One of the challenges with training athletes is working around injuries. Programming is relatively easy when athletes are healthy and able to perform most exercises. However, often athletes get injured, and this may prevent them from being able to perform important basic movements like squatting, deadlifting, and derivatives of each (e.g., jump squats, trap bar jumps, Olympic lifts, etc.). It is the strength and conditioning coaches’ responsibility to still provide a training effect that transfer’s over to the playing field. This must be done while limiting exacerbation to the current injury with the exercise and load selection.
In a recent case study, Mann and colleagues (2014) evaluated the effectiveness of substituting back squats for heavy sled pulling for lower body strength training. The subject was a NCAA Division 1 quarterback who sustained 2 lumber disc herniations. The author’s comment that traditional machine-based exercises such as the leg press, leg curl and leg extension that are typically prescribed to injured athletes (in favor of squats) do not transfer to sporting movements very well. Their aim was to determine the effect of heavy sled pulling in place of squatting on speed development.
Every week for 6 weeks, the athlete pulled the sled (walking) for 8 repetition for 27.4 meters. Resistance was based on the subjects RPE where a RPE of 8 was ideal. Weight was added, or reduced if the RPE was below or above 8. Over the 6 week training period, the resistance load on the sled increased from 90 kg to 380 kg. Pre and post 40 yard dash times were recorded. The subject showed an impressive 0.26 second decrease (improvement) in 40 sprint time while the mean improvement of the entire team was a 0.20 second decrease. The subject also reported being able to throw the football with greater velocity as a result of the training program.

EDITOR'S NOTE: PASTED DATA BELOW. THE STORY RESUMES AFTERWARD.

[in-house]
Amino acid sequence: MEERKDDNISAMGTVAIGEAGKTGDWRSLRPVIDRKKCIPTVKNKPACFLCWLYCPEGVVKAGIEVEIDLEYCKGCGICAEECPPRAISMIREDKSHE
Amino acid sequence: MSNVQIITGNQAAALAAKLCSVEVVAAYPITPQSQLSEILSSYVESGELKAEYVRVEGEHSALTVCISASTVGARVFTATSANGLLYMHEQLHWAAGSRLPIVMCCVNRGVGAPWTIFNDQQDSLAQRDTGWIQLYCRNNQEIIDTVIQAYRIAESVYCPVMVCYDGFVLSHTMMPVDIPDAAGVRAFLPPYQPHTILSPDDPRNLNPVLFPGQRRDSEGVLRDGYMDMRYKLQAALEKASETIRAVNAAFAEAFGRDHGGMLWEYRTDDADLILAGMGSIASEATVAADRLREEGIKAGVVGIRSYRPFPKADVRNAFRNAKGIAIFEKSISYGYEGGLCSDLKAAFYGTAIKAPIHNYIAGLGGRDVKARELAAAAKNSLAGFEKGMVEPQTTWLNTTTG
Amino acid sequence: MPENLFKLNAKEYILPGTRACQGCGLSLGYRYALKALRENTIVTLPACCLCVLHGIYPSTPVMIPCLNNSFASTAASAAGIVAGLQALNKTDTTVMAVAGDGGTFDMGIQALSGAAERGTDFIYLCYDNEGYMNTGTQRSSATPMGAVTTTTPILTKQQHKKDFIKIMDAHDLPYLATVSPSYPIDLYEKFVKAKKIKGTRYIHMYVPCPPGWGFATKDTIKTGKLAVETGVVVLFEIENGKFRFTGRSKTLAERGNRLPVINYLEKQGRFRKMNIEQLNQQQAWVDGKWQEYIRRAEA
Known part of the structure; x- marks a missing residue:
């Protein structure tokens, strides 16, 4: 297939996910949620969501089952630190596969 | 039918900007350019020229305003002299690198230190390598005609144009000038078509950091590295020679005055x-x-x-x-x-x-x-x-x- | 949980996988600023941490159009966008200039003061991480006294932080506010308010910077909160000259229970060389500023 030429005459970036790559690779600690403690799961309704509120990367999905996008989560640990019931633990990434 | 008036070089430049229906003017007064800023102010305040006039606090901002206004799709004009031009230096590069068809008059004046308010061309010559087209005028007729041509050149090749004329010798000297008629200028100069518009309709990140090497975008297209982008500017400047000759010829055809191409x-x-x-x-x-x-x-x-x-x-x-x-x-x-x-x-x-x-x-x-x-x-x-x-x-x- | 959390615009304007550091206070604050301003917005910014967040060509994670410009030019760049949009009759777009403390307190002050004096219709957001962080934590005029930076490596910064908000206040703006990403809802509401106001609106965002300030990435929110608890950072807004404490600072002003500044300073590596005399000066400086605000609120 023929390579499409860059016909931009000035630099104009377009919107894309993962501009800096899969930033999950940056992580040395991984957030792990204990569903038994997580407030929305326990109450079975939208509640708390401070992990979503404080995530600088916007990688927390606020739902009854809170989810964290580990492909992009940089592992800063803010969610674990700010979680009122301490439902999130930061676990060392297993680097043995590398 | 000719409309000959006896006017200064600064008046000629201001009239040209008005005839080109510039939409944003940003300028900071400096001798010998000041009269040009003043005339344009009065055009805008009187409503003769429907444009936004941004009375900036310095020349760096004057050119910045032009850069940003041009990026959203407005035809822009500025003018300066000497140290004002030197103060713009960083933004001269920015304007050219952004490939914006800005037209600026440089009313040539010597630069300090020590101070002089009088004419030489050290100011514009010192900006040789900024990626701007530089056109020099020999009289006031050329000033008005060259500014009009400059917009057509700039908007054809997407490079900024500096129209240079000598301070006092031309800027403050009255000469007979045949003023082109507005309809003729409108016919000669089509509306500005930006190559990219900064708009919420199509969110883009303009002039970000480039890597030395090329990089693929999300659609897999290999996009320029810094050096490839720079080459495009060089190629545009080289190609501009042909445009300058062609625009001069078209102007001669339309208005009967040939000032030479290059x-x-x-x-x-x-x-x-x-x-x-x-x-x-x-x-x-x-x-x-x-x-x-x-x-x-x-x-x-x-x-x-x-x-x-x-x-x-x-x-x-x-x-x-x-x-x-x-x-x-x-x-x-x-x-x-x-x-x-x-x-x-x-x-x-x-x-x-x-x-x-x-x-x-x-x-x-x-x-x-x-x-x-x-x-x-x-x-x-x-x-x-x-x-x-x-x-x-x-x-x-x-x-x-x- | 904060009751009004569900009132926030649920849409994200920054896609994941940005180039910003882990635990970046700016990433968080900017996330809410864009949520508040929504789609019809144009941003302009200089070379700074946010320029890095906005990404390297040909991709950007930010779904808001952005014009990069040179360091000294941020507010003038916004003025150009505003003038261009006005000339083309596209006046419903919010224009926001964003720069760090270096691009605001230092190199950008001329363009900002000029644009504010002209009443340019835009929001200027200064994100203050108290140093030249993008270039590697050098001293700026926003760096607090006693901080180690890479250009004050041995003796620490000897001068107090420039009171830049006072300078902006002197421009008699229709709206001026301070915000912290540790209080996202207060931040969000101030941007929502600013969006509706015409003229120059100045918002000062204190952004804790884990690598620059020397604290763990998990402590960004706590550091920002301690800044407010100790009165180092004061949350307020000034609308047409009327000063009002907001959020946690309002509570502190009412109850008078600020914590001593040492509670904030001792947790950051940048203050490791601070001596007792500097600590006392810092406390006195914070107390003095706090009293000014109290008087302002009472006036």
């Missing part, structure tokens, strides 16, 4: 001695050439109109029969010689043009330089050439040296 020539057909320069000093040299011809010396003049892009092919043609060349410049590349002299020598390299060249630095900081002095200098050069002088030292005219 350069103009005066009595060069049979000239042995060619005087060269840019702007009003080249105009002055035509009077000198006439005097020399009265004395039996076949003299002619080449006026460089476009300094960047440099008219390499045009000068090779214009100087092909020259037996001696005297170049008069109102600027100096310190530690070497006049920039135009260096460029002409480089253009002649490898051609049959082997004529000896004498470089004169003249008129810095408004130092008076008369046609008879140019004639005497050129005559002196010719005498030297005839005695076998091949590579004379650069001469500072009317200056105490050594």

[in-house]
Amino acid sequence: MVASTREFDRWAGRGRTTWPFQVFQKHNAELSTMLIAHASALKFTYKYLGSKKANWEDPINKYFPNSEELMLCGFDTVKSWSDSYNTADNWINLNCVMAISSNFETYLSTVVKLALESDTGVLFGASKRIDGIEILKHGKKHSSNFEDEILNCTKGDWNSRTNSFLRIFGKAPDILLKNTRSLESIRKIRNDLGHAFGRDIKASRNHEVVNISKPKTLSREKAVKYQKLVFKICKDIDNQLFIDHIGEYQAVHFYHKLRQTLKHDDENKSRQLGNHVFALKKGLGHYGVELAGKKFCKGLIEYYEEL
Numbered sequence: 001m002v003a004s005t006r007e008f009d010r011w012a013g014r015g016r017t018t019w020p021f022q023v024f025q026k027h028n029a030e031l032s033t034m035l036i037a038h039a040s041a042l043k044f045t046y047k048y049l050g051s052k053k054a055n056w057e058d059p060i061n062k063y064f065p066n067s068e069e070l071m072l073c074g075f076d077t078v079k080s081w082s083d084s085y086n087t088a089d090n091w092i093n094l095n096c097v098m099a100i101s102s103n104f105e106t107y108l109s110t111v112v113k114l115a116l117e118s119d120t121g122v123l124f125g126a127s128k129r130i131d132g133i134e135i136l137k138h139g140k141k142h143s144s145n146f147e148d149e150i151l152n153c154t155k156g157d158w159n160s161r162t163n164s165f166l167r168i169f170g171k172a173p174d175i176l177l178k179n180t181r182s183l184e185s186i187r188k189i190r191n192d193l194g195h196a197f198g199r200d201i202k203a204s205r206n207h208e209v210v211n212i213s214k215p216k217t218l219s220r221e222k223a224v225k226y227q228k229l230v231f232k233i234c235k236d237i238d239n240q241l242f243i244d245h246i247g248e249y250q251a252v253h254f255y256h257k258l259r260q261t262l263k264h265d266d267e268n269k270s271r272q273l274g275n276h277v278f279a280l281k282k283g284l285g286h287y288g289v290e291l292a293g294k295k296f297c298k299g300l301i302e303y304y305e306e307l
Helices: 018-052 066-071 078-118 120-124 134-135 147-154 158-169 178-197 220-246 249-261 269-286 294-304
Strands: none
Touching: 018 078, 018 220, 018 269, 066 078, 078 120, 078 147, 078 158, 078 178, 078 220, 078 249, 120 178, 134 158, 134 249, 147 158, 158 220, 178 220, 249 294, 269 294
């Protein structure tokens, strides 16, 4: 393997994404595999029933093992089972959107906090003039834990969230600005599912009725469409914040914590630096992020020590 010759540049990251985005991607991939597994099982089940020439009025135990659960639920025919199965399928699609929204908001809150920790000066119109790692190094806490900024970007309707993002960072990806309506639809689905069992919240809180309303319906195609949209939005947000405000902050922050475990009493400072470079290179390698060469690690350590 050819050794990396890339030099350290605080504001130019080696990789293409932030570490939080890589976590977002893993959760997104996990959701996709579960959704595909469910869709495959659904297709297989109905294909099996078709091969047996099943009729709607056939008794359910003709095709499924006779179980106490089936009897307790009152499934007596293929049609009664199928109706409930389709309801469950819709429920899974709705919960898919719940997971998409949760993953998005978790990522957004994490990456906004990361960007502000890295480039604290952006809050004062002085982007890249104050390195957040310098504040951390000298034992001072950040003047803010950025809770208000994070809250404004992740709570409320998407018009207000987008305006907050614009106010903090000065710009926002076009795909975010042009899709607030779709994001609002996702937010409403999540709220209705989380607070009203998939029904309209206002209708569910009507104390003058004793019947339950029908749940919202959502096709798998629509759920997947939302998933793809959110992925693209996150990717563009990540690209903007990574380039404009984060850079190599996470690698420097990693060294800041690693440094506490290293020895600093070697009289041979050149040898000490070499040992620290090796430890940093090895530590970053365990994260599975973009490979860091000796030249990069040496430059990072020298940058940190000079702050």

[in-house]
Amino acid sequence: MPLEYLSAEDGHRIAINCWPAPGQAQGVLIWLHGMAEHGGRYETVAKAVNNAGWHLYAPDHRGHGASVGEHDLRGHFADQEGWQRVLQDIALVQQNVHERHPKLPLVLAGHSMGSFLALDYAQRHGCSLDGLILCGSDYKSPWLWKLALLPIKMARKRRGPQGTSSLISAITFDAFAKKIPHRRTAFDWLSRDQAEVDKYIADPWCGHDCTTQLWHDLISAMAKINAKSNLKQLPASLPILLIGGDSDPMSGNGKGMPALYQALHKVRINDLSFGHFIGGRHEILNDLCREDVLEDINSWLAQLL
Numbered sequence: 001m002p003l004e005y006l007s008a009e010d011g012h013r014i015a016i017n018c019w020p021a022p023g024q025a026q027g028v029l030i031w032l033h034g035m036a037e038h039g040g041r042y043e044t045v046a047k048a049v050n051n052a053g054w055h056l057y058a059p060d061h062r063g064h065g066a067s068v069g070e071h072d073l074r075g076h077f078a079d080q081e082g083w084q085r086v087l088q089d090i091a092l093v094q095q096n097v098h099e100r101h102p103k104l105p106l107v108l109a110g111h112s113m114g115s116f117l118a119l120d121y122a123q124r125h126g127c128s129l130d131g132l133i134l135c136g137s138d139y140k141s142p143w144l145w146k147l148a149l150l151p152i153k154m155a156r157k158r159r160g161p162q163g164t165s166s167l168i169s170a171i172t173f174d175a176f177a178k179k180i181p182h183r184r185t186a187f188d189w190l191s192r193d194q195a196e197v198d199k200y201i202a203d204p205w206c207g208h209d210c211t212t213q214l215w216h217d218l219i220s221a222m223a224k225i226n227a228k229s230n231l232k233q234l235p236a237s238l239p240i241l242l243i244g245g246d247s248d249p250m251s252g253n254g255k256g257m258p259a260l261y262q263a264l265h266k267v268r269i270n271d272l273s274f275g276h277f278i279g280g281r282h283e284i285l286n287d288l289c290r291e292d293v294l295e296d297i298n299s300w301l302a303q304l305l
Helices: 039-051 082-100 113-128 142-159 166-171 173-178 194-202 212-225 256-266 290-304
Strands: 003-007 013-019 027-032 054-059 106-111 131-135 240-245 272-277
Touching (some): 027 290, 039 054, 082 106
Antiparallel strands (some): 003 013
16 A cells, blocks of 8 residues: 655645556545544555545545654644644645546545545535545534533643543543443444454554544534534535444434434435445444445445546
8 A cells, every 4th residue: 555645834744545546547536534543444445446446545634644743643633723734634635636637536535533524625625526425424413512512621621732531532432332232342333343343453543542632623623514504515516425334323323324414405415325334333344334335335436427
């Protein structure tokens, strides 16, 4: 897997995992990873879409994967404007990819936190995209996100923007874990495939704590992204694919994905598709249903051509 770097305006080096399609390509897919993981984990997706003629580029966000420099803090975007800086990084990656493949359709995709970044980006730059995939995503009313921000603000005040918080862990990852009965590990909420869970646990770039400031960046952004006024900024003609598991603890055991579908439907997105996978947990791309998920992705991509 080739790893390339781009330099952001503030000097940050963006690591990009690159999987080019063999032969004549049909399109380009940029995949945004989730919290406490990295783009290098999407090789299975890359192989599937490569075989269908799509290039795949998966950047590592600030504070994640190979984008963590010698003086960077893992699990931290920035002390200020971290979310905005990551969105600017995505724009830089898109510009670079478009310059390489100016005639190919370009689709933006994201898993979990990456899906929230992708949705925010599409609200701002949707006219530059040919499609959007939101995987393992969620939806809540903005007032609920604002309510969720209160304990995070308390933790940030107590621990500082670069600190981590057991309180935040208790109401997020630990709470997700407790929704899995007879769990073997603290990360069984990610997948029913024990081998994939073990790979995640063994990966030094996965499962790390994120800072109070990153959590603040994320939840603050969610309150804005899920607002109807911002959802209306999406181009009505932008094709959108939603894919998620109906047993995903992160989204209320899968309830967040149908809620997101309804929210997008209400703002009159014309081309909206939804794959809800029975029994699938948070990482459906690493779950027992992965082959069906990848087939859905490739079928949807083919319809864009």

The results of this case study certainly support the use of progressive sled towing for improving lower body strength which appears to transfer quite well to field performance markers. The authors suggest that the improvement in sprint time was likely due to the specificity of the sled dragging movement, which forces the athlete to apply force horizontally into the ground, unlike squats, which only develop vertical force production. The acceleration phase of a sprint requires a high level of horizontal force production to overcome inertia and propel the body forward (horizontally). It would be interesting to see changes in split times (i.e., 10 yards), however these are not reported.
When dealing with athletes unable to perform movements that involved axial loading, heavy sled towing appears to be a suitable and effective alternative. It may also be worth including this in healthy athletes programs in addition to squatting.
Mann, B; Stoner, J; and Ivey, P (2014) “THE USE OF HEAVY SLED DRAGGING TO INCREASE LOWER BODY STRENGTH AND SPEED IN A FOOTBALL PLAYER WITH LUMBAR ISSUES,”International Journal of Exercise Science: Conference Proceedings: Vol. 11: Iss. 2, Article 34.
Available at: http://digitalcommons.wku.edu/ijesab/vol11/iss2/34